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04 June 2019 | Story Valentino Ndaba | Photo Charl Devenish
Prof Cathryn Tonne
Air pollution not only costs lives, it costs money too. Pictured is Prof Cathryn Tonne presenting a guest lecture on air pollution at the Bloemfontein Campus.

Health effects associated with ambient air pollution (AAP) have been well documented. Subsequently, the relationship between pollution and financial outcomes have also become a focus for case studies globally. An Environmental Research journal article revealed that “low and middle-income countries are disproportionately affected by the global burden of adverse health effects caused by AAP”. 

A high price to pay

In 2012, high concentrations of air pollution caused 7.4% of all deaths, costing South Africa up to 6% of its Gross Domestic Product. According to the recent International Growth Centre study conducted by senior University of Cape Town researchers, this is a direct consequence of the country’s heavy dependence of fossil fuels, a source of health-damaging air pollution and greenhouse pollutants.

Stunted human and economic growth

These South African statistics are attested to by Prof Cathryn Tonne who recently presented a guest lecture on air pollution which was hosted by the University of the Free State (UFS) Business School.

“Air pollution can affect economic development through several pathways, and health is an important one. Air pollution is linked to shorter life expectancy, chronic disease, asthma exacerbation and many other health outcomes that result in absenteeism from work and school. These have large direct costs to the health system.” 

Prof Tonne says that air pollution exposure in children is linked to reduced cognitive development, with important impacts on human capital. As a result, children are not reaching their full potential in terms of neurodevelopment, which has an effect on their income prospects and the economy as a whole. 

Resolving a looming disaster

Technology may be employed to radically clean the air. Cities need to lead in the reduction of air pollution by promoting renewable energy, using active transport such as walking or cycling, and investing in infrastructure to make this safe and attractive. 

With researchers playing a major role in strengthening the case for aggressive air pollution control, the government needs to implement policies in order to control sources of air pollution. This global health and economic issue also requires individuals and communities to play their part to improve air quality.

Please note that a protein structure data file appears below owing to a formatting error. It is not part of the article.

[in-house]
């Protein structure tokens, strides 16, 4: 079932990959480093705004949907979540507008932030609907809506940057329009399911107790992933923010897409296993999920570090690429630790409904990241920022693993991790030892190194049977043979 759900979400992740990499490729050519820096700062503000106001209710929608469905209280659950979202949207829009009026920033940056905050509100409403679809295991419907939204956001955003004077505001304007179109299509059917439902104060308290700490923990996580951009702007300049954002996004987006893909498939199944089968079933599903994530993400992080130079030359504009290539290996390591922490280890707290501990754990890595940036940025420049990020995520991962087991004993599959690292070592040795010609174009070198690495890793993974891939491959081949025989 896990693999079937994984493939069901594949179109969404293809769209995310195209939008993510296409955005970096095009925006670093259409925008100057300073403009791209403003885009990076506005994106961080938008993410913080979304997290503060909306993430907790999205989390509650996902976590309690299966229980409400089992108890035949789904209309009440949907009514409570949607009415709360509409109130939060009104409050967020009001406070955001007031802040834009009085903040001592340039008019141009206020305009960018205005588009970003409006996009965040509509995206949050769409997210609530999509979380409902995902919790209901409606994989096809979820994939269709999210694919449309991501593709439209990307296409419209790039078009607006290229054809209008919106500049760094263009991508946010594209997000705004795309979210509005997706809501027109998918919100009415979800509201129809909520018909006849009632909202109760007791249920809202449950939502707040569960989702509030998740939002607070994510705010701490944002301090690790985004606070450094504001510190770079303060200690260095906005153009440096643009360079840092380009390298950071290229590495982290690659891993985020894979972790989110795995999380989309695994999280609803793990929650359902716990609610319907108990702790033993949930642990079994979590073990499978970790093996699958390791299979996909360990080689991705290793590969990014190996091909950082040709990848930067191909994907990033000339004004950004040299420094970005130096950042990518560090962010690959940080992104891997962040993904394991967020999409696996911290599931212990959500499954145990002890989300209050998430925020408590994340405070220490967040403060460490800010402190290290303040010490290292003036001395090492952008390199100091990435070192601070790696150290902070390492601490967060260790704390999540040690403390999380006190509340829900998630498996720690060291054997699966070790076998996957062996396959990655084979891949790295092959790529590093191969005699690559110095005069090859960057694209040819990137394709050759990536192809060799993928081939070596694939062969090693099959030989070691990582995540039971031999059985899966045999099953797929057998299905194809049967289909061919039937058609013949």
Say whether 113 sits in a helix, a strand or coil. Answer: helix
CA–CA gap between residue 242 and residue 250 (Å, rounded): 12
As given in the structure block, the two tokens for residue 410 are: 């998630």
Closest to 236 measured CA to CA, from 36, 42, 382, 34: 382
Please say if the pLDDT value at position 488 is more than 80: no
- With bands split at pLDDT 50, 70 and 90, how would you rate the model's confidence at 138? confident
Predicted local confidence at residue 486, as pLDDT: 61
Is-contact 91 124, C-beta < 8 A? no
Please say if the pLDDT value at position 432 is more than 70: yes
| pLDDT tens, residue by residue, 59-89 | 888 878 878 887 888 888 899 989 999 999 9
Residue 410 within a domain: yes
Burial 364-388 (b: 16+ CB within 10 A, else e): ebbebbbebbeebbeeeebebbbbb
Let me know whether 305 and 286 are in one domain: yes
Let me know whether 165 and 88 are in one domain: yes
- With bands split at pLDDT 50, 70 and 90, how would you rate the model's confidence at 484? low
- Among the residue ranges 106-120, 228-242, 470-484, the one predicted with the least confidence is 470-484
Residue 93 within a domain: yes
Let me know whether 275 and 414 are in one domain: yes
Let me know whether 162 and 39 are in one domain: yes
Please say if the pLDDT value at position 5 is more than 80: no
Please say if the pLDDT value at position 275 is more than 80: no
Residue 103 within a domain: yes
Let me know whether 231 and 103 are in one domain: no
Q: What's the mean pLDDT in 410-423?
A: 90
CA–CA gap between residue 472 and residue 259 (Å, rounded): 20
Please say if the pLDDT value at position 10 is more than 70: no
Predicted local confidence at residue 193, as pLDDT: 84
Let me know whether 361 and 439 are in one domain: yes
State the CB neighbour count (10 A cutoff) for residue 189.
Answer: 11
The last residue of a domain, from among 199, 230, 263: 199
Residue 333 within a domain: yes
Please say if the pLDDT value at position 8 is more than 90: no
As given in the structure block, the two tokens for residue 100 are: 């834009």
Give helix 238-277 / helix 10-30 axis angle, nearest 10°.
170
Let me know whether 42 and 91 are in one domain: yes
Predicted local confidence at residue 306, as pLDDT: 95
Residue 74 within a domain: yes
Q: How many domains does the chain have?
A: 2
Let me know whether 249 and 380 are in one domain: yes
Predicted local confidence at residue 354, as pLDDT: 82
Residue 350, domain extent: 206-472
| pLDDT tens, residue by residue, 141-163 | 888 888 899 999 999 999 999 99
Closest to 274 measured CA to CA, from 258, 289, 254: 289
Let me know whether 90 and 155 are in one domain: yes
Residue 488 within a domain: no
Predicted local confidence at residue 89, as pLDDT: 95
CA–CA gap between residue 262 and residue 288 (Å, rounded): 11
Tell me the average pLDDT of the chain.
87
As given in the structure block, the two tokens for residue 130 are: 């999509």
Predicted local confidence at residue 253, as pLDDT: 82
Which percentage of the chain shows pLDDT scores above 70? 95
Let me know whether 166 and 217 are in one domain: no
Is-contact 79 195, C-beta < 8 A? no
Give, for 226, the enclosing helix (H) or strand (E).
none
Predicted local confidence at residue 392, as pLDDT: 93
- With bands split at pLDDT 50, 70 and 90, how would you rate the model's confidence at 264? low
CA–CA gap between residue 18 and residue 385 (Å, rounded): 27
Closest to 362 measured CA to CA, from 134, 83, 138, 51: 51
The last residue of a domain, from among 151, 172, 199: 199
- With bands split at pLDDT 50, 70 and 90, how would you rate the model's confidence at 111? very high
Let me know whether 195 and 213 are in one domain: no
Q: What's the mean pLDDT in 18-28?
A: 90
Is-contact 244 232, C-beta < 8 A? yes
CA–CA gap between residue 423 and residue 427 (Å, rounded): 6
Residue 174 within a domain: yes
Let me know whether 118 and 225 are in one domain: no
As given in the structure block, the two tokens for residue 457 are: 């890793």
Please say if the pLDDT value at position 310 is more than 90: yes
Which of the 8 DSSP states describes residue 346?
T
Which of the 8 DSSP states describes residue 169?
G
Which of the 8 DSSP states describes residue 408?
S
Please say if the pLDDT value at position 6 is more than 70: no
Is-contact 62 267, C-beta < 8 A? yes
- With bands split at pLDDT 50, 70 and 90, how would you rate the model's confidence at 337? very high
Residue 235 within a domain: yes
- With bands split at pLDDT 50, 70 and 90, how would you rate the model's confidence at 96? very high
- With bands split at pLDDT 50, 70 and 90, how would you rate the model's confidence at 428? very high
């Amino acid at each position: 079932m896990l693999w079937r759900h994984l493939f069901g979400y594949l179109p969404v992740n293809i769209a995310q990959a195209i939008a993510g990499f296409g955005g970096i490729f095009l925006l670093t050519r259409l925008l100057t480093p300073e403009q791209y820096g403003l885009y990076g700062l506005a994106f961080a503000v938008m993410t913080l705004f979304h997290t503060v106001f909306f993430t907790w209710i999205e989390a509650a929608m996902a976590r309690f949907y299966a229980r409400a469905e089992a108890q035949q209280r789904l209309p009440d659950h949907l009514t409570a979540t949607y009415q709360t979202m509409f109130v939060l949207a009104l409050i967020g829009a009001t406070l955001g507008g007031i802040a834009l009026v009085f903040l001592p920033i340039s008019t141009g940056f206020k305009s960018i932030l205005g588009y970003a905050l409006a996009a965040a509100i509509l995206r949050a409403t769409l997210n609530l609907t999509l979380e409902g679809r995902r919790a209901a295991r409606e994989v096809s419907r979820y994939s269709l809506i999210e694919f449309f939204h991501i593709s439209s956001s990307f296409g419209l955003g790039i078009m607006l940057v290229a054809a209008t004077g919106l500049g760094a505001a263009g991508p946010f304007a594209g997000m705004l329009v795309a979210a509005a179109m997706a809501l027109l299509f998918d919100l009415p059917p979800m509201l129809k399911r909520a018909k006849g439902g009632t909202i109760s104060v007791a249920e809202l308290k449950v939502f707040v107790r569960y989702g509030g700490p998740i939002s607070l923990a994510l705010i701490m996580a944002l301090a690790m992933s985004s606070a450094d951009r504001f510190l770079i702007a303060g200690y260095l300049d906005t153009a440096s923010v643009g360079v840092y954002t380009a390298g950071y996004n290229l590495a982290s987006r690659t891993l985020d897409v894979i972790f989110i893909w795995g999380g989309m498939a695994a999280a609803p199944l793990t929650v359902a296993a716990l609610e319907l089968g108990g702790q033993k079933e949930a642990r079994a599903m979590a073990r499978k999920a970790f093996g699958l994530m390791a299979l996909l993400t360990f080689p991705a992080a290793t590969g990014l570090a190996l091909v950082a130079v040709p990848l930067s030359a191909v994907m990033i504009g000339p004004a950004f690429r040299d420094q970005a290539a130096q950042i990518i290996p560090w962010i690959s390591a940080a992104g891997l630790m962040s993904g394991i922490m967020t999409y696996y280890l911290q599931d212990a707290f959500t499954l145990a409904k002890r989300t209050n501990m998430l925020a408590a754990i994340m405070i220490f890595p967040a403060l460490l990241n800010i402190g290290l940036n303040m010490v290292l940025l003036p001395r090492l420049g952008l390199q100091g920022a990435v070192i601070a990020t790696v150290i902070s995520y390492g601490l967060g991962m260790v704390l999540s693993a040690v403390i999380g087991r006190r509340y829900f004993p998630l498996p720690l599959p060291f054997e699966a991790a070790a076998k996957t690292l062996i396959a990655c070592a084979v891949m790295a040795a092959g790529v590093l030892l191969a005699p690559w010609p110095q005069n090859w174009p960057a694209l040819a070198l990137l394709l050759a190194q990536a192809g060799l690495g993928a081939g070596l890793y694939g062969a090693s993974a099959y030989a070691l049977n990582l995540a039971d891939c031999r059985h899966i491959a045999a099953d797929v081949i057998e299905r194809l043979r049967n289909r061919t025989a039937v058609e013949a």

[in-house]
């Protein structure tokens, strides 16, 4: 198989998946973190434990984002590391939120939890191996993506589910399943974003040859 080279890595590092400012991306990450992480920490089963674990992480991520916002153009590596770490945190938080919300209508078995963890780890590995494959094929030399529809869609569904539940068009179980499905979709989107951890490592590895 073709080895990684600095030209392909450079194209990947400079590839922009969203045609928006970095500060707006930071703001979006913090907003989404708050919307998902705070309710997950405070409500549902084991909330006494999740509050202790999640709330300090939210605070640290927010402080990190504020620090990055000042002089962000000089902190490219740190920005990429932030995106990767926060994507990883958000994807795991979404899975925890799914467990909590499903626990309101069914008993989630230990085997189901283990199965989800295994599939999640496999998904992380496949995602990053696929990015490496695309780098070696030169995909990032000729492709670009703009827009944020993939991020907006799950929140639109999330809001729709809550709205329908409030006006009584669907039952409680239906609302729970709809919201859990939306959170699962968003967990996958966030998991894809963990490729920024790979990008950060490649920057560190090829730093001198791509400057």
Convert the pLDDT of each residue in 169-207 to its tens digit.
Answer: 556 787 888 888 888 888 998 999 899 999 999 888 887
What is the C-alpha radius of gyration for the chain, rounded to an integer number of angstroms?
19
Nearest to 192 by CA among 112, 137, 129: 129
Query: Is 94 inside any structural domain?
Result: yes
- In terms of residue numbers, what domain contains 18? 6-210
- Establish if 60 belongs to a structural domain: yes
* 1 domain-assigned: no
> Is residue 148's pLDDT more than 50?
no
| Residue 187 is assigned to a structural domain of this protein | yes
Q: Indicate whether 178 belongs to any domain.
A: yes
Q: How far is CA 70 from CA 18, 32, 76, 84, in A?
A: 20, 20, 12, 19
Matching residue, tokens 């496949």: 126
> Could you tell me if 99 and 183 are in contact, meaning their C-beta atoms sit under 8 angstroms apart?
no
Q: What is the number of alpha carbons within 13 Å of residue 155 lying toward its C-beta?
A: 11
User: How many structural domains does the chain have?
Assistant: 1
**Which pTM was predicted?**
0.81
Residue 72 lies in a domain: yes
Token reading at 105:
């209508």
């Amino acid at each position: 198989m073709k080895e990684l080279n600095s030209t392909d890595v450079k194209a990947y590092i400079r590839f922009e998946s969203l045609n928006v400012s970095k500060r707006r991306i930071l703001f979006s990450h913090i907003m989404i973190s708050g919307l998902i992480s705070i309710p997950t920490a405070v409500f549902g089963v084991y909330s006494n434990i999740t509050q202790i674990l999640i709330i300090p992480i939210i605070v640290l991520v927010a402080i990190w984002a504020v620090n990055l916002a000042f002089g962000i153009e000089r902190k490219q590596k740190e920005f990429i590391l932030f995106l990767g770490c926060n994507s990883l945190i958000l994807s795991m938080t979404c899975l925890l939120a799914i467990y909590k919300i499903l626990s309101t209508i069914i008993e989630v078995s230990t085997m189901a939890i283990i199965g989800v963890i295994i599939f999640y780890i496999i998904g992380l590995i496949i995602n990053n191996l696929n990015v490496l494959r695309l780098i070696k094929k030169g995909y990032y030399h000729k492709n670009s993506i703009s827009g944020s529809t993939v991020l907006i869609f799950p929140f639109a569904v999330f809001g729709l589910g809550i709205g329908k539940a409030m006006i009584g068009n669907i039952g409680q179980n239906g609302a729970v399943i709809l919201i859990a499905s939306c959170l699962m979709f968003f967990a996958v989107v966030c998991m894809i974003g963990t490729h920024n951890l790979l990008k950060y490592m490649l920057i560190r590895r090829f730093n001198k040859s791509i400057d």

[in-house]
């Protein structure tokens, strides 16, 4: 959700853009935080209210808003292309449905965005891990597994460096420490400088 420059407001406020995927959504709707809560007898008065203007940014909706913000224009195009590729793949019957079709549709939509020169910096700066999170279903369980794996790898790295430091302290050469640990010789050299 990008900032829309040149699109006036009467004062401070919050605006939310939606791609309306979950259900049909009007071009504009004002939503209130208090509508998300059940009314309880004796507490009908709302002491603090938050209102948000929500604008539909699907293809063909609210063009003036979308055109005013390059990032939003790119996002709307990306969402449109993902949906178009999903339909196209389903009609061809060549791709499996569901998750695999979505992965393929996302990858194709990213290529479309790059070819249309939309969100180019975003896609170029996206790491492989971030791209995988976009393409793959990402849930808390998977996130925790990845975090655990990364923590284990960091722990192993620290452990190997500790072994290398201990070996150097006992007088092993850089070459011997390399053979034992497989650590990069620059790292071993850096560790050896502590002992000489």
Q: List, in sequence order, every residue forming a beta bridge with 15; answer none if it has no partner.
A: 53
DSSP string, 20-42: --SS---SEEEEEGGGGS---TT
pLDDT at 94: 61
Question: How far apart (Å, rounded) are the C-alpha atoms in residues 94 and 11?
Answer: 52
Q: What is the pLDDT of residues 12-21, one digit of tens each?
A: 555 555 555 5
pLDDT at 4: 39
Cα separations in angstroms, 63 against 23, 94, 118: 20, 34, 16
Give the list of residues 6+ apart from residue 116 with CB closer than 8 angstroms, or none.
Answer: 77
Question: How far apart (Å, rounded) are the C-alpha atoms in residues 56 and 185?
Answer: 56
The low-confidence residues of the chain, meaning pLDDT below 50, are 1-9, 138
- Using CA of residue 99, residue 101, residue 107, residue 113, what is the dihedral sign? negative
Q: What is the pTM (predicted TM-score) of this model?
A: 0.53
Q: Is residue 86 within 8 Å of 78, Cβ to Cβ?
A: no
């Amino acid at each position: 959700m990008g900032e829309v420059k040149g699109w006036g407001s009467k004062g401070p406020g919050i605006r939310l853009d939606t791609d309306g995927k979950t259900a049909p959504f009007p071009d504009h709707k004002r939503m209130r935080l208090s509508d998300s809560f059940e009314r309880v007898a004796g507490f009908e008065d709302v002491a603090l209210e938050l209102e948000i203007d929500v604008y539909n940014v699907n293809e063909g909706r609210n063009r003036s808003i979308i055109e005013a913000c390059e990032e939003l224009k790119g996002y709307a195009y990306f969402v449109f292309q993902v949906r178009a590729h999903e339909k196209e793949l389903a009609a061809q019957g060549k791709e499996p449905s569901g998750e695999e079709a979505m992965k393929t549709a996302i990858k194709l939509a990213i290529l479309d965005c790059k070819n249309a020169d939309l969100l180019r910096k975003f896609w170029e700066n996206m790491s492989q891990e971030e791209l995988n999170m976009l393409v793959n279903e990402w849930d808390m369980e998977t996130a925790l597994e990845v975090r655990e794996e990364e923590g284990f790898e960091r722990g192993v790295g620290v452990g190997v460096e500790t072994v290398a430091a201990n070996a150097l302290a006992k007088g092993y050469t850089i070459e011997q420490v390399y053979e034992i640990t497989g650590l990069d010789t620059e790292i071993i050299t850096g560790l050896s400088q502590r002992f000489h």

News Archive

UFS staff makes a difference
2010-05-04

 
From the left are: Ms Annemarie Ludick, Senior Officer at the UFS; Mr Gerald and Mrs Luchelle Blaauw of the Ebenhauser Intermediary School in Wepener; and Mr Philemon Bitso, Assistant Officer: Corporate Relations at the UFS.
Photo: Leonie Bolleurs
A group of staff members at the University of the Free State (UFS) made a donation to Mr Gerald Blaauw and his wife, Luchelle, both teachers at the Ebenhauser Intermediary School in Wepener, in reaction to an article that appeared in Volksblad’s Kontrei of 28 April 2010.

The money will be used to buy a stove and pots to prepare food for the 646 learners in this school.

When Mrs Blaauw, who has been at the school for ten years now, got involved in the school’s feeding scheme, she noticed a great need for food amongst the learners. It motivated her to start a vegetable garden. With spinach, cabbage, beetroot, beans, peas and carrots in the garden but no stove or pots to cook the vegetables, Mrs Blaauw was very happy when she learned about the donation from the UFS.

Mrs Blaauw has plans to expand the garden. “We would like to daily give the children a plate of food at 10:00 and a cup of soup again in the afternoon,” she said.

Mr Mickey Gordon, Head: Corporate Relations, Institutional Advancement and Sport at the UFS, said: “It is remarkable that a teacher will go to so much effort for the children. This school is part of our Free State community and we like to help.”

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